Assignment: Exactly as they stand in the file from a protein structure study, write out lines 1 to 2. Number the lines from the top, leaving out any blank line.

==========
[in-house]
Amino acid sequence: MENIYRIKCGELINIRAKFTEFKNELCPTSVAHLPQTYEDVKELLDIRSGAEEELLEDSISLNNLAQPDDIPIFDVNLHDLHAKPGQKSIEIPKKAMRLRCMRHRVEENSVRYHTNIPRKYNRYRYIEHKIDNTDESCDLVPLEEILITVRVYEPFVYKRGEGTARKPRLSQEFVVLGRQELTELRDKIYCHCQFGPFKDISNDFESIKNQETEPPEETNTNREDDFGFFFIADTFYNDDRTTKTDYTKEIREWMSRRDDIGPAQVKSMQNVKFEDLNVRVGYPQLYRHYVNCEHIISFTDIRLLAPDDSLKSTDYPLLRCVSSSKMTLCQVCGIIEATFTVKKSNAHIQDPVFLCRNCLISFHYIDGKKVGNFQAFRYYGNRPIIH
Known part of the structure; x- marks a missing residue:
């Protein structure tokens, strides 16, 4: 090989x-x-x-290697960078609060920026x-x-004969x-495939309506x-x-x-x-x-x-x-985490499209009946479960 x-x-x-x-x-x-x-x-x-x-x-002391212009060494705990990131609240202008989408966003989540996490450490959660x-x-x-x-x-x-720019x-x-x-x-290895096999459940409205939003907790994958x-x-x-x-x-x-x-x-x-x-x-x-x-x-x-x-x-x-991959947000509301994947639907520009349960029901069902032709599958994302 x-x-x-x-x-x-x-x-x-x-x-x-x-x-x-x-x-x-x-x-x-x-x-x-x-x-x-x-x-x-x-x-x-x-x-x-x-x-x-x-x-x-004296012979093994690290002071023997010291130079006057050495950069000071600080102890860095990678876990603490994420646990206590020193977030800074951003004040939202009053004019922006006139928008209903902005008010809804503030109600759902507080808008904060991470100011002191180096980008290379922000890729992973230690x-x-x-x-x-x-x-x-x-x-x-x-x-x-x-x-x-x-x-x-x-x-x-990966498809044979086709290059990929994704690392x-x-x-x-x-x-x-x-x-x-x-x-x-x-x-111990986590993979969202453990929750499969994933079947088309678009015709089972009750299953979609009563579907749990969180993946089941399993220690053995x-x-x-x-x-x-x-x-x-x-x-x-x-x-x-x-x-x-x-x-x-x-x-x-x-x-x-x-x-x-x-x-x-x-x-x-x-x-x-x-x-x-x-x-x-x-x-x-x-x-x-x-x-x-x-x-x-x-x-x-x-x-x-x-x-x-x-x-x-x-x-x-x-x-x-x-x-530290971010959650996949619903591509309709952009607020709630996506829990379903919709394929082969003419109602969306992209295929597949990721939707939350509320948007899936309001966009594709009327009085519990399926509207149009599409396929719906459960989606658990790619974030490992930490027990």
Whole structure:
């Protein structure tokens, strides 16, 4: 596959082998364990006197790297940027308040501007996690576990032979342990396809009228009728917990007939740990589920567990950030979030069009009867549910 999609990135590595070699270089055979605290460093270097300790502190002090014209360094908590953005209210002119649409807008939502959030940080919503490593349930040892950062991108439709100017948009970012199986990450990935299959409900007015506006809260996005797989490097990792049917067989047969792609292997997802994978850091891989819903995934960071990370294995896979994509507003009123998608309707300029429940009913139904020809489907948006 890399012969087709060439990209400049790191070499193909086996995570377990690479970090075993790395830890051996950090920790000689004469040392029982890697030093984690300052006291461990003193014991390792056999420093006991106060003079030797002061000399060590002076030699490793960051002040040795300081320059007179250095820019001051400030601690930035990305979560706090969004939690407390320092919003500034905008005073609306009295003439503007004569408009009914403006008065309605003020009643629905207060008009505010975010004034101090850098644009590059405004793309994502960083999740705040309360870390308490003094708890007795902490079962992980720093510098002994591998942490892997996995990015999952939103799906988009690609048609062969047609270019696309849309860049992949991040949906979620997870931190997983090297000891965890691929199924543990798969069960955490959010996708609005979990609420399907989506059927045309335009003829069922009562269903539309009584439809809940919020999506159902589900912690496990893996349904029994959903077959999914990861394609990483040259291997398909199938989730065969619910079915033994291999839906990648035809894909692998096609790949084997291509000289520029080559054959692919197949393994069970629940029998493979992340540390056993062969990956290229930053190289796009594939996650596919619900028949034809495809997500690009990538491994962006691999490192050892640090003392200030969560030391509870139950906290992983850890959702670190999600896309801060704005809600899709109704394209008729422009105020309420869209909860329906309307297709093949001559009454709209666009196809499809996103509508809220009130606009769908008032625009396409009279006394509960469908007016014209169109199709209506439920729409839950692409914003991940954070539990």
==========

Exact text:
[in-house]
Amino acid sequence: MENIYRIKCGELINIRAKFTEFKNELCPTSVAHLPQTYEDVKELLDIRSGAEEELLEDSISLNNLAQPDDIPIFDVNLHDLHAKPGQKSIEIPKKAMRLRCMRHRVEENSVRYHTNIPRKYNRYRYIEHKIDNTDESCDLVPLEEILITVRVYEPFVYKRGEGTARKPRLSQEFVVLGRQELTELRDKIYCHCQFGPFKDISNDFESIKNQETEPPEETNTNREDDFGFFFIADTFYNDDRTTKTDYTKEIREWMSRRDDIGPAQVKSMQNVKFEDLNVRVGYPQLYRHYVNCEHIISFTDIRLLAPDDSLKSTDYPLLRCVSSSKMTLCQVCGIIEATFTVKKSNAHIQDPVFLCRNCLISFHYIDGKKVGNFQAFRYYGNRPIIH